Migrant children from many different backgrounds learn together in mixed groups. The youngest are eight and the oldest 18. In a six to 12-month course, these children and young people learn our national language, while being taught other school subjects. They are taught a lot about Liechtenstein’s culture, history and traditions. After that course, they are integrated into normal school classes. They are then given individual support to promote their learning. They also get additional German language support classes. This intensive course in German as a second language is compulsory, and free of charge for school-age children.
In pre-school, which is for children up to the age of four, there are free afternoon classes for children and their parents, run by local authorities. Four to six-year-olds are taken into kindergartens or nursery schools. Children generally spend two years in nursery school; for children from non-German-speaking families, the second year is compulsory. Here, once again, targeted support is available. Refugees and migrants above the age of 18 are able to get support from a method called “new learning.” There is a special language course called LieLa – Liechtenstein Languages – for them, based on the “new learning” approach. This course is designed for non-native speakers who speak no German, or very little. Even people who have been through severe trauma are given effective support.
LieLa teaching material is made available in a special educational pack. Without that material, such classes would be impossible. All sorts of cards, posters, board games and so on are used. The idea is to teach children a language through play. The government, the royal family and much of society support that approach.
The system has subsequently been used in Germany, Austria and German-speaking Switzerland. Since May 2017, LieLa has been cited as an example of best practice on the Global Forum for Development’s website. The forum was set up by United Nations member States with a view to providing mutual support in tackling the challenges of migration.
Mr KERN (France)* – Let me begin by praising the work of our rapporteur, Ms De Sutter. The draft resolution that she has submitted highlights the main difficulties of seeking to provide education for migrant children.
France has traditionally been a destination country for migrants and it has tried to implement – I believe successfully – the appropriate principles. Being registered with a school is a right for all children in France, regardless of nationality, how long they have been in the country, the administrative status of their parents or where precisely they live. Education is compulsory for children of both genders from the ages of six to 16, whether they are French or not, from the moment they arrive in France.
The United Nations Convention on the Rights of the Child guarantees children the right to education, regardless of their nationality or personal situation. Furthermore, the registration of a child in a school cannot depend on their possession of a residence permit. Foreign minors between the ages of 16 and 18, even if they are no longer covered by the requirement for compulsory education, must be provided with some sort of education, taking into account the extent to which they speak French and their educational level. Minors between the ages of six and 16 sit tests so that they can be put into the education system at the right level. An academic centre is responsible for testing children and assessing their level. Once they have been assessed, children and adolescents who are migrants can be put into the regular class that corresponds to their level of knowledge and their age, with a maximum gap of two years.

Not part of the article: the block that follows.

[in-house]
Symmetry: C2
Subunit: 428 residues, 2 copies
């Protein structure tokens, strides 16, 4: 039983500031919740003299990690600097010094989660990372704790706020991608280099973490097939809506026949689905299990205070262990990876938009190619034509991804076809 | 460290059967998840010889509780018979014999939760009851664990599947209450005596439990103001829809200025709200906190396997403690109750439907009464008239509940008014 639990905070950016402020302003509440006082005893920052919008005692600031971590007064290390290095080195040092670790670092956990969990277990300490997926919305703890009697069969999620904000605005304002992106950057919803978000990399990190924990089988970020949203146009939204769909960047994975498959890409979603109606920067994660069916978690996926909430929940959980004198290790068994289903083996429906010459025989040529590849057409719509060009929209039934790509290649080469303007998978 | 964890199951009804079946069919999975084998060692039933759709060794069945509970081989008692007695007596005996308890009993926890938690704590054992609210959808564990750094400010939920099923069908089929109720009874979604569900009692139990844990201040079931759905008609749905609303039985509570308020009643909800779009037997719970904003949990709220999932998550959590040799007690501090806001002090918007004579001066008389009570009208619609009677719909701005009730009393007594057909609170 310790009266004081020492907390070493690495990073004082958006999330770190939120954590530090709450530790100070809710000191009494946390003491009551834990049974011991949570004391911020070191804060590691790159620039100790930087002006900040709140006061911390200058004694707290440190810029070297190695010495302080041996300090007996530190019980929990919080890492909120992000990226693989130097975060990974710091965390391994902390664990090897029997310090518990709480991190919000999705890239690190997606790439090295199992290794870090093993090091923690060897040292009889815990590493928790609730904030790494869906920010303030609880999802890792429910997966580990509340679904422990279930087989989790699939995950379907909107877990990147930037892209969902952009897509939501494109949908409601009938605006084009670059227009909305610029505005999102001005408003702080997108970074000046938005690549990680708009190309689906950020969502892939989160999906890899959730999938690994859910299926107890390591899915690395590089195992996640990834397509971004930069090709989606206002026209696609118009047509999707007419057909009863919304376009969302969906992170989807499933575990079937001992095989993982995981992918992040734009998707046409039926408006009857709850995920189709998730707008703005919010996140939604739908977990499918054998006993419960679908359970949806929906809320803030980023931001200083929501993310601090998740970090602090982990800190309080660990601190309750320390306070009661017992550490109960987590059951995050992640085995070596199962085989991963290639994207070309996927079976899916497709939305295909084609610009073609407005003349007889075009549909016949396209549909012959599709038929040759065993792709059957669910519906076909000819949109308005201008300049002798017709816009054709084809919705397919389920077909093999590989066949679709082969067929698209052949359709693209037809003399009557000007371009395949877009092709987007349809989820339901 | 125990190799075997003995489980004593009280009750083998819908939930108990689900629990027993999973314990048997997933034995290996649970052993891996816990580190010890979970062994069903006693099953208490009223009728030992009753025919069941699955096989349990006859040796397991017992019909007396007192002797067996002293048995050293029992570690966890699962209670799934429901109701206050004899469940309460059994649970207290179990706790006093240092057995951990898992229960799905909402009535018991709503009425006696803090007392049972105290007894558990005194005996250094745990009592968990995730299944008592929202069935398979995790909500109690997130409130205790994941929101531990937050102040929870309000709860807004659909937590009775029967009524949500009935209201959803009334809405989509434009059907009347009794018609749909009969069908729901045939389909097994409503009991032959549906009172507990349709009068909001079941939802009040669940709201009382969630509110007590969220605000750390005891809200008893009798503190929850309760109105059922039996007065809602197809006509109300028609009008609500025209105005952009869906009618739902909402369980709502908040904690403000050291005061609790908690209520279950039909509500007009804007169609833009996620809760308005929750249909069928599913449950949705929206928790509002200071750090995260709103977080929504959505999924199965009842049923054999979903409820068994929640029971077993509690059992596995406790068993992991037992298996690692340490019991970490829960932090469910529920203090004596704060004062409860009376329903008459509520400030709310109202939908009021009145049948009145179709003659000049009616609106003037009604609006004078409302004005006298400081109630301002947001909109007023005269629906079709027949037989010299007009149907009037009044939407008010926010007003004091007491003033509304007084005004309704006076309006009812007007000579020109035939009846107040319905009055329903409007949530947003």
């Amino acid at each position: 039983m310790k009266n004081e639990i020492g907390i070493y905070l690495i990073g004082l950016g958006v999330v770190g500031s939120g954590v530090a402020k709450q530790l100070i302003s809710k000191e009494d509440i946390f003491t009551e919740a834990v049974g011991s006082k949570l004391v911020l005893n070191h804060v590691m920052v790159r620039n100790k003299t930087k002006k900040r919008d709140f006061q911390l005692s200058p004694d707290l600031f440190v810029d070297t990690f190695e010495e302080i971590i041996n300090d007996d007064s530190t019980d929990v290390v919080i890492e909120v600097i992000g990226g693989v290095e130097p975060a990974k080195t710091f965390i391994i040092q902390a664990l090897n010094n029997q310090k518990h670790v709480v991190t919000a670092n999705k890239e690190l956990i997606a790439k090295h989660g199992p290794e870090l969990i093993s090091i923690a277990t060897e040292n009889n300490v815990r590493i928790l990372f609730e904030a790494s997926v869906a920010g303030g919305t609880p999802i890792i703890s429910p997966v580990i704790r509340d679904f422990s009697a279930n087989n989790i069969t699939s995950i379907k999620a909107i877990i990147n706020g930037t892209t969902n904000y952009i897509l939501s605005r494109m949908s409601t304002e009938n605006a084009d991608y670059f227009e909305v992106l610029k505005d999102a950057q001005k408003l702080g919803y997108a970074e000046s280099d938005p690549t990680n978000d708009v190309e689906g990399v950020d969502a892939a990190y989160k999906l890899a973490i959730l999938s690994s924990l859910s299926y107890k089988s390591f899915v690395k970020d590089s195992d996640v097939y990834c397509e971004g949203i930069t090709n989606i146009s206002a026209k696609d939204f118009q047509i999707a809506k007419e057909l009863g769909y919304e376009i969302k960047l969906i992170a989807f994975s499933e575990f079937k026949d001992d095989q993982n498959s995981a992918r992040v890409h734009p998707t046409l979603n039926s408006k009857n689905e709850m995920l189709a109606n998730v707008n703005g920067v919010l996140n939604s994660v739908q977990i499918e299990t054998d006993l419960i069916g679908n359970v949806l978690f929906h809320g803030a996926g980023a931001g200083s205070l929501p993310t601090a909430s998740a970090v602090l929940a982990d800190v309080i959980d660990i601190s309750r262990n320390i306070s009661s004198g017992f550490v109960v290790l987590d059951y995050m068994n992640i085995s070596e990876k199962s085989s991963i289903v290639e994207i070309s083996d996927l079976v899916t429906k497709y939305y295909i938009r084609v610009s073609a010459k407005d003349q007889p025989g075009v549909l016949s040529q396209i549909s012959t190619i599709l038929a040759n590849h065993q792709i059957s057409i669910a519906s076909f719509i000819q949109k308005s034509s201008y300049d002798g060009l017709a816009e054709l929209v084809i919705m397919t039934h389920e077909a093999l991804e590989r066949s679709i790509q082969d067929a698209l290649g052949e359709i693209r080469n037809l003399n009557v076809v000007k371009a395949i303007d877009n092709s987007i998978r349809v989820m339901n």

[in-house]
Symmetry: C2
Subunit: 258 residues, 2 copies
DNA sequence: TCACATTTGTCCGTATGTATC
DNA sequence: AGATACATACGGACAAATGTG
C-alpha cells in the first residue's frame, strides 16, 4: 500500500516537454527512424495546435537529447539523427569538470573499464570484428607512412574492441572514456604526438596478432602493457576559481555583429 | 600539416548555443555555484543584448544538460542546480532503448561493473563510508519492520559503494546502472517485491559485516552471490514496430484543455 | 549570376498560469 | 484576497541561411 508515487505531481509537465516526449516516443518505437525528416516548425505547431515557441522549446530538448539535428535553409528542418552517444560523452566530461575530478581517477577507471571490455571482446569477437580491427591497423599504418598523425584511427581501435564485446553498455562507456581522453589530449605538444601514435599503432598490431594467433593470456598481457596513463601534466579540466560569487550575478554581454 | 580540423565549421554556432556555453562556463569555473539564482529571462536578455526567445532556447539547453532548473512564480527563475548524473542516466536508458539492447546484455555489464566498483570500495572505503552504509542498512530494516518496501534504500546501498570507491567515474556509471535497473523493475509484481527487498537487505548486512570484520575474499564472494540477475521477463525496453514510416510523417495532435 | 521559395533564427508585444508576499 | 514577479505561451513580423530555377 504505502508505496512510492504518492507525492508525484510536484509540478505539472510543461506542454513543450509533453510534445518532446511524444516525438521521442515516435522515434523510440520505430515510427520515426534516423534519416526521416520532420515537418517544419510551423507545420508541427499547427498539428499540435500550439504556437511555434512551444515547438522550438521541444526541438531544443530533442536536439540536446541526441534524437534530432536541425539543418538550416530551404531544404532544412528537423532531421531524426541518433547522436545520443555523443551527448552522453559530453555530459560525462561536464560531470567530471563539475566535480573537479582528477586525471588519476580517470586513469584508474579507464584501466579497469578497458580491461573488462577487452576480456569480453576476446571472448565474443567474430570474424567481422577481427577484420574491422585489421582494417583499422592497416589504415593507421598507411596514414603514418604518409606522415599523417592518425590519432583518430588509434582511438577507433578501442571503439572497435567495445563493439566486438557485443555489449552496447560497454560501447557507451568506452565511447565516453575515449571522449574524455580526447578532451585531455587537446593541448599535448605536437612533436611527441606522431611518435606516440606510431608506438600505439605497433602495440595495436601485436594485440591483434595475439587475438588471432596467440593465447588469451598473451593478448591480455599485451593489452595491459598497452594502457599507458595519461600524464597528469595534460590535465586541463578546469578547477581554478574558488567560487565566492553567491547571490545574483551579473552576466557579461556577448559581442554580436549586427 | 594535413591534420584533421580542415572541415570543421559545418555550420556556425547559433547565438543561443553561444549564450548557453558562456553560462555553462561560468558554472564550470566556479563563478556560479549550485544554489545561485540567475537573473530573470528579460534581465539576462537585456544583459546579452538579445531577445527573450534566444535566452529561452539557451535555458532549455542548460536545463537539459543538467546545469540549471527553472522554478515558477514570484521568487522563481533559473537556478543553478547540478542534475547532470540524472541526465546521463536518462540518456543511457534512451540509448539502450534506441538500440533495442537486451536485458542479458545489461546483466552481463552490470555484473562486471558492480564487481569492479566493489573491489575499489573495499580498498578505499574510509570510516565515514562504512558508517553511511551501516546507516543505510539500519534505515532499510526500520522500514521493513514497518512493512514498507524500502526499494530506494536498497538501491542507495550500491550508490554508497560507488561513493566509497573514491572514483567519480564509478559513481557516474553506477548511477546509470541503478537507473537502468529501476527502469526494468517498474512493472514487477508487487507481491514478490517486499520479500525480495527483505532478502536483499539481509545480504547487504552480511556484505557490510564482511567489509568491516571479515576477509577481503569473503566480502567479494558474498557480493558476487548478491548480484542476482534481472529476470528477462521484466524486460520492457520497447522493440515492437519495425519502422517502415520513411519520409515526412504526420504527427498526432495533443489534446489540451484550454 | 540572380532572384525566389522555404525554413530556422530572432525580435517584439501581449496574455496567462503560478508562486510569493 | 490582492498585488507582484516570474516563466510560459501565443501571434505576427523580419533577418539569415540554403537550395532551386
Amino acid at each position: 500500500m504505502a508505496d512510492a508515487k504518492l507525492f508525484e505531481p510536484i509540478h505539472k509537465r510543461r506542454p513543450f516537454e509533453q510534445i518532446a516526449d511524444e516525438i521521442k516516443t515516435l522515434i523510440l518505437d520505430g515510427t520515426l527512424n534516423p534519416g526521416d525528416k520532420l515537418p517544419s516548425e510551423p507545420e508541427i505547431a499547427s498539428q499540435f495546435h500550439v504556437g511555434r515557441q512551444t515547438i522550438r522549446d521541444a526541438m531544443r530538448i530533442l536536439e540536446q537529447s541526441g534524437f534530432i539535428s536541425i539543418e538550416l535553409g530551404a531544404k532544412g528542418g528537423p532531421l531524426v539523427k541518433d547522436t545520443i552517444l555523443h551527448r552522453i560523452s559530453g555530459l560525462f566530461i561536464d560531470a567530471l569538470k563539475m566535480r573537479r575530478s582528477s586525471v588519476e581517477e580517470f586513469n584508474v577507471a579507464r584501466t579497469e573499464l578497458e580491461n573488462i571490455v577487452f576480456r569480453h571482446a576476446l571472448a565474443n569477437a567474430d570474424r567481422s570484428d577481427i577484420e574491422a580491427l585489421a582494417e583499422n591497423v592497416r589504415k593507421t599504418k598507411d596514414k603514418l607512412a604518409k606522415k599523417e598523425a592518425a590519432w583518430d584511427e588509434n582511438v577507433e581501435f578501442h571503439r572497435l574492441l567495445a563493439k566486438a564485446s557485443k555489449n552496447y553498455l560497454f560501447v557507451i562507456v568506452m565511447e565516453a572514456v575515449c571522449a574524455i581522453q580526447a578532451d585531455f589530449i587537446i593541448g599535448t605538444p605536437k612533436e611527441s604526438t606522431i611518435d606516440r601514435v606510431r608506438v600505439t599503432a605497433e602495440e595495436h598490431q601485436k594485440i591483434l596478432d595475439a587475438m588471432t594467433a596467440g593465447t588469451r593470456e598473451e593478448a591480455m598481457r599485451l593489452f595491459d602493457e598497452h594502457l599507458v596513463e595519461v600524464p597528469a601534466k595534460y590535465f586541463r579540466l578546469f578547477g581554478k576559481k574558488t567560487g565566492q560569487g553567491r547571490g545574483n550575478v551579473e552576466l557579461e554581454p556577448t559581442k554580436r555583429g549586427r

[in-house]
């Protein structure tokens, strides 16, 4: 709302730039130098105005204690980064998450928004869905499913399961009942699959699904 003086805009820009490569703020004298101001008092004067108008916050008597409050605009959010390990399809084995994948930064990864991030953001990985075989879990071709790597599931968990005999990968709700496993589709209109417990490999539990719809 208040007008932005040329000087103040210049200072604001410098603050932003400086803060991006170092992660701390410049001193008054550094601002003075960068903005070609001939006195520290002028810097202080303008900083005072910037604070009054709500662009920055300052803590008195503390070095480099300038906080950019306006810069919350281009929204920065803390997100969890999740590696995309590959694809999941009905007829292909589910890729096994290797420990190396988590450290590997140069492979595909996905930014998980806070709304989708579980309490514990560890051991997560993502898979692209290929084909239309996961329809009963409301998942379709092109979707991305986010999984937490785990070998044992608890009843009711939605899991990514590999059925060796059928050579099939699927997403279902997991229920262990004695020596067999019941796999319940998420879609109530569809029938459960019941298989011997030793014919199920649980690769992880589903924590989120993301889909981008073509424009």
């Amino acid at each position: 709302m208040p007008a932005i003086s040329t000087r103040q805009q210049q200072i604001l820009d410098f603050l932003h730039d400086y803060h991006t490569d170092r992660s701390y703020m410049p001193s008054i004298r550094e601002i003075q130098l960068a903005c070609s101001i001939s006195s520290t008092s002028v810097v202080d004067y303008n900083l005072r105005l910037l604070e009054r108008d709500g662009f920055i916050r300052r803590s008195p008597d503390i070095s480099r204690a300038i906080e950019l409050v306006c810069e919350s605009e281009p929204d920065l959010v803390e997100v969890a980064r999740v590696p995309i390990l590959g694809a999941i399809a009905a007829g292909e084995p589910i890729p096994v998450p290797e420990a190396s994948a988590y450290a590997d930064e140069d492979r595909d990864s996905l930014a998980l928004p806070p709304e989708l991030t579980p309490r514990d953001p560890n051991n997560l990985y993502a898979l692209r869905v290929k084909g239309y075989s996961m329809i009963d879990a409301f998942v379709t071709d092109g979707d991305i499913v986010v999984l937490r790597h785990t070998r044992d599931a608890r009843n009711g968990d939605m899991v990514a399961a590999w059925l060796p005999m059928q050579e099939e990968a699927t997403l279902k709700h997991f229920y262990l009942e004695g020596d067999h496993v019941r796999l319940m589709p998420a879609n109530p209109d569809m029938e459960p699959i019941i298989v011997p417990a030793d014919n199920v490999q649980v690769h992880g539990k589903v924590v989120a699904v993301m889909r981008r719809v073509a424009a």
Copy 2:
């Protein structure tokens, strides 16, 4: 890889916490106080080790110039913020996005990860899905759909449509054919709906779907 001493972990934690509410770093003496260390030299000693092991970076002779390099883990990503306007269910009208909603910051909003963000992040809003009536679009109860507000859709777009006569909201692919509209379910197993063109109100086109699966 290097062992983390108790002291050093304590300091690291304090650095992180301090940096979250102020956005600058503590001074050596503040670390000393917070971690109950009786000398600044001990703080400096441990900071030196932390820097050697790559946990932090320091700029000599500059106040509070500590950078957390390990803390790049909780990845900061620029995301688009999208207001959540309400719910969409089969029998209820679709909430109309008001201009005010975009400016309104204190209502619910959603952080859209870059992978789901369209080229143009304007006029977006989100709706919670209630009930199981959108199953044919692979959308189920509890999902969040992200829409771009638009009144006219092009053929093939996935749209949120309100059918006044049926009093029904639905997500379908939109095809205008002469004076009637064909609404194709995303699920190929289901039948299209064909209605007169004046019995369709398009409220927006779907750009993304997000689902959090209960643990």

Linguistic support is also provided so that migrant children can learn French and follow tuition in all subjects in French. The purpose is to ensure that migrant children can be incorporated into normal school teaching as quickly as possible.
We need to pay particular attention to unaccompanied migrant children. Any child who, following compulsory school, has not attained the required level, can continue to be educated until they reach an appropriate level. The State makes funding available for such an extension of education and ensures that unaccompanied minors between 16 and 18, even if they are no longer subject to the requirement for compulsory education, are given an education, again, bearing in mind their level of French and their overall attainment.
I thank Ms de Sutter once again for an excellent piece of work.
The PRESIDENT – The last speaker on the list is Ms Aghayeva, but she is not here. There is time for some spontaneous contributions.
I call Mr Whitfield.
Mr WHITFIELD (United Kingdom) – I am grateful to you, Mr President, for facilitating that. I thank the rapporteur and her staff for an excellent report.
The potential vulnerability of non-refugee migrant families when they arrive in a new country cannot be overestimated. That is multiplied when the families are refugees, and it is off the scale when unaccompanied children arrive as refugees.
I am a former teacher and I know the role that education can play in facilitating solutions to the problems and challenges that confront us and that we have discussed here this week. I commend the work of my constituency council, East Lothian, and its campaign “East Lothian Welcomes Refugees”. I also want to acknowledge here the huge contribution that volunteers and voluntary organisations, such as East Lothian Aid for Refugees and the Churches, make to supporting families and children. In East Lothian, we have been pleased to welcome a number of refugee families, mainly from Syria. Primary school children in my constituency welcomed their new classmates in a way that makes me deeply proud. Children have a desire to welcome and befriend. I suggest that that characteristic is inherent in children, although their views can be corrupted as they grow.